Do you have any gulls only found in America? I always find it depressing that just when I'm getting a handle on the British birds, I discover a whole host of American and continental European birds that I don't have a clue about. But at least the gulls seem fairly ubiquitous..

Anonymous said...

Oh - I forgot to thank you for taking the time with all the photos in this post! I really do need practise at identification - so yes, I like the idea of shooting first and thinking later :)

Steve Borichevsky said...

HI Kitty, We have the California Gull and the Western Gull that seem to be North American gulls. I'm glad you follow this blog. Without my followers, this would not be any fun.

John Theberge said...

Great lessons and great samples to go along with them.

Jenny said...

Fantastic post Steve, thanks for taking the time to sort it all out. I love gulls, they're such charismatic birds. I'm still getting to grips with them, specially the non adult ones. At my local patch, I've just found an adult Mediterranean Gull for the first time. A lovely white winged gull (as an adult that is) (-: We occasionally get an American Herring Gull over here, which is an interesting ID problem! (-:

Steve Borichevsky said...

Hey John, Where the hell have you been? It's good to see you back!

Hi Jenny. We get the odd Black-headed gull here in winter which becomes a head scratcher. I was surprised to find that the GBB is widespread throughout Western Europe.

Martha in PA said...

Fabulous post with awesome photos! A job well done!!!


This Is My Blog - fishing guy said...

Steve: Wonderful captures of the gulls, I love the one with the boats in the background best.

onangelwings said...

That is a collection of fabulous shots. Such great color in those birds, especially around the eyes.

Snap said...

Steve, these shots are wonderful. What an education in gulls you gave us (short form)!!!! I do love shore birds and gulls. Pesky little guys, but I love watching them. Thanks for the blog roll!

Ladynred said...

Wow! 5 hours ha! Well you did a great job. The pictures are beautiful and very informative. I have no idea about what kind of gulls are there. I do have tons of gulls in my hard drive.

Barb said...

Hi Steve, I know nothing about gulls, but certainly enjoyed viewing your photos and learning more about them. Also, try saying "Great Black-backed Gull" three times fast! Does the "Herring Gull coming into adult plumage" only have one leg or is the other pulled up?

Anonymous said...

Whatever you say Steve, I believe you.
Gulls are a weird sub culture to me.?? I ask Jenny.
Thanks for the lesson anyway.

We love Luna said...

Congratulations, this post is really beautiful.You are very talent!
purrs and love and Happy Camera Critters

Chris said...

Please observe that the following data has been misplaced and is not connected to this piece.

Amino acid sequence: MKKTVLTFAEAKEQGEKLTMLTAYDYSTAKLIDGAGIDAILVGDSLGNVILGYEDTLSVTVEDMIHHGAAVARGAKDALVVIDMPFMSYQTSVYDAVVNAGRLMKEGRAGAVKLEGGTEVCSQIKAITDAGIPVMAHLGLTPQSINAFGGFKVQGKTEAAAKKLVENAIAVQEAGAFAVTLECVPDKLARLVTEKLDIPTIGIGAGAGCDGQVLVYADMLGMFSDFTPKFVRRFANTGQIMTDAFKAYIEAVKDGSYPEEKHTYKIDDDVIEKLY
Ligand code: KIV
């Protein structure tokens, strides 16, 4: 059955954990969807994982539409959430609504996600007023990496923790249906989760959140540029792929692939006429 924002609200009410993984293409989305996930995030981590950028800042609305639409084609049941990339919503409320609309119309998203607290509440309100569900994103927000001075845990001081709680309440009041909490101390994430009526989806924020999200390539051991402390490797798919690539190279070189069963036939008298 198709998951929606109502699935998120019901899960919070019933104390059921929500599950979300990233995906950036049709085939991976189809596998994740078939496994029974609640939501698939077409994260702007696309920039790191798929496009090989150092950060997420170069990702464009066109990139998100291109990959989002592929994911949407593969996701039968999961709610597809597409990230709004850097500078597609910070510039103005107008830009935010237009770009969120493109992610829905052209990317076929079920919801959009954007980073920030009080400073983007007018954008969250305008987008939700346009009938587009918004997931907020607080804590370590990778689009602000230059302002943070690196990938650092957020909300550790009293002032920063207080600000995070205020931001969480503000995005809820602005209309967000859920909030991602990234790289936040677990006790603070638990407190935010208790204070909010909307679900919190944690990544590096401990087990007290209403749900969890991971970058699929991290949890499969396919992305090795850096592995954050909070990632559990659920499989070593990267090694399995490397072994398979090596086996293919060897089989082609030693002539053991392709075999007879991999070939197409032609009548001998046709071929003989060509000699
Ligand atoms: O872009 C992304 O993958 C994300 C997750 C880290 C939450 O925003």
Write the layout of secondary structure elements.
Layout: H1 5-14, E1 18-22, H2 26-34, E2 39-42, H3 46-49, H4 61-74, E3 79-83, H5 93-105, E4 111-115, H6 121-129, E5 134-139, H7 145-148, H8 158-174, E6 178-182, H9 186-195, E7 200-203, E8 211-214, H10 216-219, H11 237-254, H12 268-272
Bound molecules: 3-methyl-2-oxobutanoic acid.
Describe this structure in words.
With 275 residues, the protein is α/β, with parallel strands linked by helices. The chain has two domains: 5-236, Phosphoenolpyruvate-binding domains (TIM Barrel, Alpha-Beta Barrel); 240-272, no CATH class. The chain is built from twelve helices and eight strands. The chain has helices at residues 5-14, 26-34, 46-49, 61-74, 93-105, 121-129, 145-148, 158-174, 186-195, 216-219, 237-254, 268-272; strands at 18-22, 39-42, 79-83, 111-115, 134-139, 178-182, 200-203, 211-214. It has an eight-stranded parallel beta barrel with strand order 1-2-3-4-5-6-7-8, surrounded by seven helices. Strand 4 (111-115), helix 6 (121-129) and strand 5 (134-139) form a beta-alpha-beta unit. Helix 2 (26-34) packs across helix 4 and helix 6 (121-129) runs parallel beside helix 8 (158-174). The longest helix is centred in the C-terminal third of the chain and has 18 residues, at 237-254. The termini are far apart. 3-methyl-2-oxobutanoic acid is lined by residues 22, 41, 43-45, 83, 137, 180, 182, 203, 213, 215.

Hi Steve,
I cannot help you neither as this is my worse ID group!!! But you did a beautiful post on several adult and young phase of them! Beautiful!

Jeanne said...

I'm saving this post. Whenever we get down to Old Saybrook or out to Rockport/Gloucester I love to take pictures of the gulls. Now I'll know what kind they are.

Elizabeth said...

Thank you for this post. Your great black-backed gulls have quite the eye ring.

I live near San Francisco and I just picked up the Nat'l Geographic Birds of Western North America mostly to help me identify the gulls. I'm still having trouble distinguishing between Western, Thayer, Herring, Western Glaucous, etc. The only one that I can 100% identify is the Heermann's Gull because he has a red beak and grey body. I'm having a lot of fun with the learning process, though. I'll have to check out your gull blogroll.

Arija said...

Waterbirds can be so confusing, as are other birds. A bit like people. Compare the pictures of a baby, toddler eight year old teen and an adult so ofen they could be five different people.
My eyesight is no longer reliable enought to either manually focur or identify anything at a distance, so it is always shoot first and ask questions later. You trawl through a dozen inconclusive bird books of note and months later stumble on a simple source that shows what you are looking for in great and unmistakable detail. It is just the luck of the draw.

A really useful and beautifully presented post...pity we don't have your gulls though.

chubskulit said...

Oh my, you made my eyes so full of your magnificent captures of the bird. I love the one where the bird looks like singing hehehe.

Magpie is my entry.

Wilma said...

Very much enjoyed this post, Steve. You made it entirely painless to ID the juvies. The fine quality of your photographs was especially helpful. Even if one couldn't care less about IDing your trio, just looking at the photos is a treat.


ellen said...

Nice catch! Mine is up. Hope you can drop by to view my very first entry. Your visit is a blessing. God Bless!

jabblog said...

Fabulous photographs! Are you going to publish your own bird identification guide? I think you could/should. I have learnt much about gulls from your sequence but doubt I'll remember it all when next on the sea. I do appreciate gulls though - such noisy, greedy creatures!

The Early Birder said...

Excellent Steve. I will admit to not paying them too much attention BUT maybe after this I should visit the local playing fields and scope the daily Black-headed roost for interlopers? FAB

eileeninmd said...

Wonderful post on the gulls. I am a birder but I gave up trying to id gulls right now maybe later. Your photos do help with id-ing the juvies. Great photos.

Chris Petrak said...

The amount of work you put into this is obvious - and you have gotten the ages of those common ones with good photos. I wish I had my library at hand to work on the right hand bird - looks familiar, but I don't have enough opportunity to view gulls to be easily confident with them. Thanks for a good post.

Quilt Works said...

I love your photo of the screaming gull! Great capture. The other close ups are very nice too! I am your follower now, I really like your photos :-)